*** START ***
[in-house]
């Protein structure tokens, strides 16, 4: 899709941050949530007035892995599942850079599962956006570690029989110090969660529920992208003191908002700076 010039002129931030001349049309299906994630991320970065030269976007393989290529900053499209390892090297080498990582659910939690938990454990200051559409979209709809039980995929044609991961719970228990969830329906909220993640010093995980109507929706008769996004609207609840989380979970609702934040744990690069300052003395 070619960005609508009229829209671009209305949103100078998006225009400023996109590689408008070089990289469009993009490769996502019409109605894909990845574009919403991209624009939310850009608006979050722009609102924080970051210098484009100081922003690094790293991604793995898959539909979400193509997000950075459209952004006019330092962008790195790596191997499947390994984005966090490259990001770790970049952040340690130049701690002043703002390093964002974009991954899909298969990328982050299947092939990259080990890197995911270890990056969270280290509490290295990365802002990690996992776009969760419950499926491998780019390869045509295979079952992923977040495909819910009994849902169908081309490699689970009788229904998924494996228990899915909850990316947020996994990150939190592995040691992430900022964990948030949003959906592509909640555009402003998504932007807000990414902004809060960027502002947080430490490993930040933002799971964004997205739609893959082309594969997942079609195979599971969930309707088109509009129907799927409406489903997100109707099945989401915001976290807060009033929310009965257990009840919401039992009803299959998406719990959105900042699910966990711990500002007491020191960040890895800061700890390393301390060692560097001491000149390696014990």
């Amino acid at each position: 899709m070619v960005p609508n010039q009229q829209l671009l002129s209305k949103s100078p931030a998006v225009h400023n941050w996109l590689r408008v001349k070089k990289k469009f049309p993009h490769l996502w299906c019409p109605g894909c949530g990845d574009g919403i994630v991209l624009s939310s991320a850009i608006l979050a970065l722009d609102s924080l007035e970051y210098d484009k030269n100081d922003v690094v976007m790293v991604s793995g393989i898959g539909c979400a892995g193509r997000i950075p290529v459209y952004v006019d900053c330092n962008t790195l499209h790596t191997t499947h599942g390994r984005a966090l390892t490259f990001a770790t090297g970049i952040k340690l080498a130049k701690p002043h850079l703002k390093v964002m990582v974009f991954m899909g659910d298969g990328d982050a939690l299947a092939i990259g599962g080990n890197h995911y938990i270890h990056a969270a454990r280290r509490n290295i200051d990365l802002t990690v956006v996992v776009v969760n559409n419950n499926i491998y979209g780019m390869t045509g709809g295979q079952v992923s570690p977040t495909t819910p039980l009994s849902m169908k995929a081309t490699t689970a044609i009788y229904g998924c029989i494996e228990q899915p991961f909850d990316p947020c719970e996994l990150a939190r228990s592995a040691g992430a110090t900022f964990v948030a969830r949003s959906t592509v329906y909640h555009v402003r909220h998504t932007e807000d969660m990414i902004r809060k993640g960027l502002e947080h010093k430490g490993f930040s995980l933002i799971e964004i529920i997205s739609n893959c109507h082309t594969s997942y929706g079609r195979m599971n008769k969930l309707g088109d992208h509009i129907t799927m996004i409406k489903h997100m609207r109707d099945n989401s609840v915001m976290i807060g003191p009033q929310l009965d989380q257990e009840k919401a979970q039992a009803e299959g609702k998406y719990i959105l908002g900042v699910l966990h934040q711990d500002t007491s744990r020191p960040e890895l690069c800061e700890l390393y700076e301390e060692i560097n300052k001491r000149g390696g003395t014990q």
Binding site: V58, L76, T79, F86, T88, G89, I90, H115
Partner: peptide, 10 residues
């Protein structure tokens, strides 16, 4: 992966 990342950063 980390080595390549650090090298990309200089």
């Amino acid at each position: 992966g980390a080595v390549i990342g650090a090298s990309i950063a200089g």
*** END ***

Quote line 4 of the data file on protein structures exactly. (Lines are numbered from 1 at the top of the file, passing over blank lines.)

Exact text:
Binding site: V58, L76, T79, F86, T88, G89, I90, H115